The 2007 version of the Linux Kernel Developers' Summit was held on
September 5 and 6 in Cambridge, UK. Approximately 80 developers
at this invitation-only event held discussions on a wide variety of topics
covering all aspects of kernel development. As usual, LWN editor Jonathan
Corbet was there. Reports from the sessions will appear below as they are
- The distributor panel. Kernel
maintainers from four distributors attended a session meant to be a
forum where they could tell the community how the process could be
improved from their point of view. In the event, much of the
information flowed in the other direction, with community developers
expressing frustration with a number of distributor practices.
- Mini-summit reports. Reports from
mini-summits covering power management, filesystems and storage,
virtual memory, and virtualization held in the months prior to the
main kernel summit.
- The greater kernel ecosystem and
user-space APIs. A discussion of how the kernel presents
interfaces to user space and the low-level software which helps with
this task. Also covered here is the session on a proposal for a
formal review process for new system calls.
- Kernel quality. In the session he led
on this topic, Andrew Morton was unable to say whether he thought our kernel
releases were getting better or worse. But he had no doubt that we
could be doing a better job than we are now.
- Hardware support and the i386/x86_64
merger. This was a discussion of the state of drivers for various
difficult chipsets; it included AMD's important announcement of the
opening of its graphics processors. There was also a session on the
question of whether the i386 and x86_64 architecture trees should be
The preparation of reports from the second day is being somewhat delayed by
your editor's travel. They will show up here as they become available.
- The customer panel. An interesting
discussion of customer needs by representatives from Dreamworks,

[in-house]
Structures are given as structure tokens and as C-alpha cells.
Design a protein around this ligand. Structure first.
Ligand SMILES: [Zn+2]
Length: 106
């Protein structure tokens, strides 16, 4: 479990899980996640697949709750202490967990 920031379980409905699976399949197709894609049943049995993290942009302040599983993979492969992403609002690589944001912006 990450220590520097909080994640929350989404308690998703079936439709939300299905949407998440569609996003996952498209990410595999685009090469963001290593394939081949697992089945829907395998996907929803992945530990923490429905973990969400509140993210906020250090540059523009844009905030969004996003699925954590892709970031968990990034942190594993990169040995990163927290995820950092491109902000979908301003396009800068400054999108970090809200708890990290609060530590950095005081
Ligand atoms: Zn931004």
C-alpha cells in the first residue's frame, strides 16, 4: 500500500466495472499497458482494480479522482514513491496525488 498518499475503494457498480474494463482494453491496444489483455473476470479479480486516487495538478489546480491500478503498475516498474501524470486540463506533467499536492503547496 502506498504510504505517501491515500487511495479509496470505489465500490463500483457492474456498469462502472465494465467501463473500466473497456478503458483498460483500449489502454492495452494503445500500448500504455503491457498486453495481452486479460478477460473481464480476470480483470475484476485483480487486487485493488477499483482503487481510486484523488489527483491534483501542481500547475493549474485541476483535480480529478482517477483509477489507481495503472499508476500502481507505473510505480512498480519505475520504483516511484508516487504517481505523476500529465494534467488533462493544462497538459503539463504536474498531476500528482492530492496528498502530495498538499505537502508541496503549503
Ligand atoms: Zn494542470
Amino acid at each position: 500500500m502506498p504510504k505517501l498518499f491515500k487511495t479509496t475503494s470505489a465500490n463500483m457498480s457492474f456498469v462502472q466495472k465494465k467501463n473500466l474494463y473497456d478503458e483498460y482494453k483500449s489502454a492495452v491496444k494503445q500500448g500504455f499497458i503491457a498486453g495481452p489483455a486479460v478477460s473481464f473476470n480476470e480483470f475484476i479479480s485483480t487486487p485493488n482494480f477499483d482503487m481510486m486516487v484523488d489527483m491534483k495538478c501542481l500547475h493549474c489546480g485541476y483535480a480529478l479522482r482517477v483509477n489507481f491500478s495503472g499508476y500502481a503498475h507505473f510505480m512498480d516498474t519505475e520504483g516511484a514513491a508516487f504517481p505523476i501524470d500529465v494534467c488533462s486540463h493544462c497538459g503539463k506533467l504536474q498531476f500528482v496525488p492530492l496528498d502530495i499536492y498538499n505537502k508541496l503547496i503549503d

Credit Suisse, and the Linux Foundation.
- Realtime and syslets.
What is the status of the realtime patch set, and what's next for
- Scalability. Issues for
people trying to run Linux on very large and very small systems.
- Memory management. Discussions on
large page support, test cases for memory management patches, and
letting applications help with memory pressure.
- Containers. What remains to be done
to have a complete containers implementation in the mainline kernel.
- Developer relations and development
process. How can the community bring in more developers and avoid
driving away those who are here now? This question was addressed,
along with a number of nuts-and-bolts issues relating to how the
development process works.
- Closing session. The final session of
the 2007 kernel summit was about the kernel summit itself. Was this
event what the attendees had hoped for, and how should things be done
in the future?
The group picture
How could there be a kernel summit without a group picture? Here is (most
of) the group in front of the Downing College dormitory where many of us
This photo is available in the following forms:
By popular demand, we also have an annotated
version of the full-resolution image with names assigned to as many
faces as possible.
Thanks to Michael Kerrisk for operating your editor's camera, allowing him
to be in the group picture for the first time.
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